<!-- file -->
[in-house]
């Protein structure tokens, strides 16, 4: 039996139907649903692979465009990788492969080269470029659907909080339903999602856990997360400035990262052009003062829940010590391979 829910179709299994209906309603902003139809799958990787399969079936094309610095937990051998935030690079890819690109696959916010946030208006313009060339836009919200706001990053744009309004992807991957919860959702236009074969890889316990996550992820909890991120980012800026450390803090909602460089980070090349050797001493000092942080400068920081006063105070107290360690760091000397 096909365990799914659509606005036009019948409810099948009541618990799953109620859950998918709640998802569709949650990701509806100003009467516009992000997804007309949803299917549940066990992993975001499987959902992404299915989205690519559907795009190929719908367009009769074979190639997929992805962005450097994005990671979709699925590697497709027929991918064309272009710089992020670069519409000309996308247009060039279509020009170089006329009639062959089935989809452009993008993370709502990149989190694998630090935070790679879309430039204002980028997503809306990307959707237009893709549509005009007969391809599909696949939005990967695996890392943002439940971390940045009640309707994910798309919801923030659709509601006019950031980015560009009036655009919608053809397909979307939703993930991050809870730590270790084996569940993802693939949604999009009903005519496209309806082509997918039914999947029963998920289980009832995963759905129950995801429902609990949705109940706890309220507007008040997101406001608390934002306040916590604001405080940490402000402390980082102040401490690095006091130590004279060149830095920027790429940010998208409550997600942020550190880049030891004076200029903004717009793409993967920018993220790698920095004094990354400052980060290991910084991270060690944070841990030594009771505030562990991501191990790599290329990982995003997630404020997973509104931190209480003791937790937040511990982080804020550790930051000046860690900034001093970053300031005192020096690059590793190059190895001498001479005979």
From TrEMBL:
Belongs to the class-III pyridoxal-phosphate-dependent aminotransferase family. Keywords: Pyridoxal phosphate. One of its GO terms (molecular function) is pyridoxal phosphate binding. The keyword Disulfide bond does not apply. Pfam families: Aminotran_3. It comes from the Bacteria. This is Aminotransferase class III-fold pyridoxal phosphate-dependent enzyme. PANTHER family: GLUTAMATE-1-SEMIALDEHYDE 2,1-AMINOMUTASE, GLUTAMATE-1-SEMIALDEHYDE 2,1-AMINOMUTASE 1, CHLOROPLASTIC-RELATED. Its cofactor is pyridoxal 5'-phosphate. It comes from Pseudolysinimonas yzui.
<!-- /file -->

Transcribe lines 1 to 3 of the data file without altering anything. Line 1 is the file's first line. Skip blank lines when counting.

[in-house]
């Protein structure tokens, strides 16, 4: 039996139907649903692979465009990788492969080269470029659907909080339903999602856990997360400035990262052009003062829940010590391979 829910179709299994209906309603902003139809799958990787399969079936094309610095937990051998935030690079890819690109696959916010946030208006313009060339836009919200706001990053744009309004992807991957919860959702236009074969890889316990996550992820909890991120980012800026450390803090909602460089980070090349050797001493000092942080400068920081006063105070107290360690760091000397 096909365990799914659509606005036009019948409810099948009541618990799953109620859950998918709640998802569709949650990701509806100003009467516009992000997804007309949803299917549940066990992993975001499987959902992404299915989205690519559907795009190929719908367009009769074979190639997929992805962005450097994005990671979709699925590697497709027929991918064309272009710089992020670069519409000309996308247009060039279509020009170089006329009639062959089935989809452009993008993370709502990149989190694998630090935070790679879309430039204002980028997503809306990307959707237009893709549509005009007969391809599909696949939005990967695996890392943002439940971390940045009640309707994910798309919801923030659709509601006019950031980015560009009036655009919608053809397909979307939703993930991050809870730590270790084996569940993802693939949604999009009903005519496209309806082509997918039914999947029963998920289980009832995963759905129950995801429902609990949705109940706890309220507007008040997101406001608390934002306040916590604001405080940490402000402390980082102040401490690095006091130590004279060149830095920027790429940010998208409550997600942020550190880049030891004076200029903004717009793409993967920018993220790698920095004094990354400052980060290991910084991270060690944070841990030594009771505030562990991501191990790599290329990982995003997630404020997973509104931190209480003791937790937040511990982080804020550790930051000046860690900034001093970053300031005192020096690059590793190059190895001498001479005979």
From TrEMBL: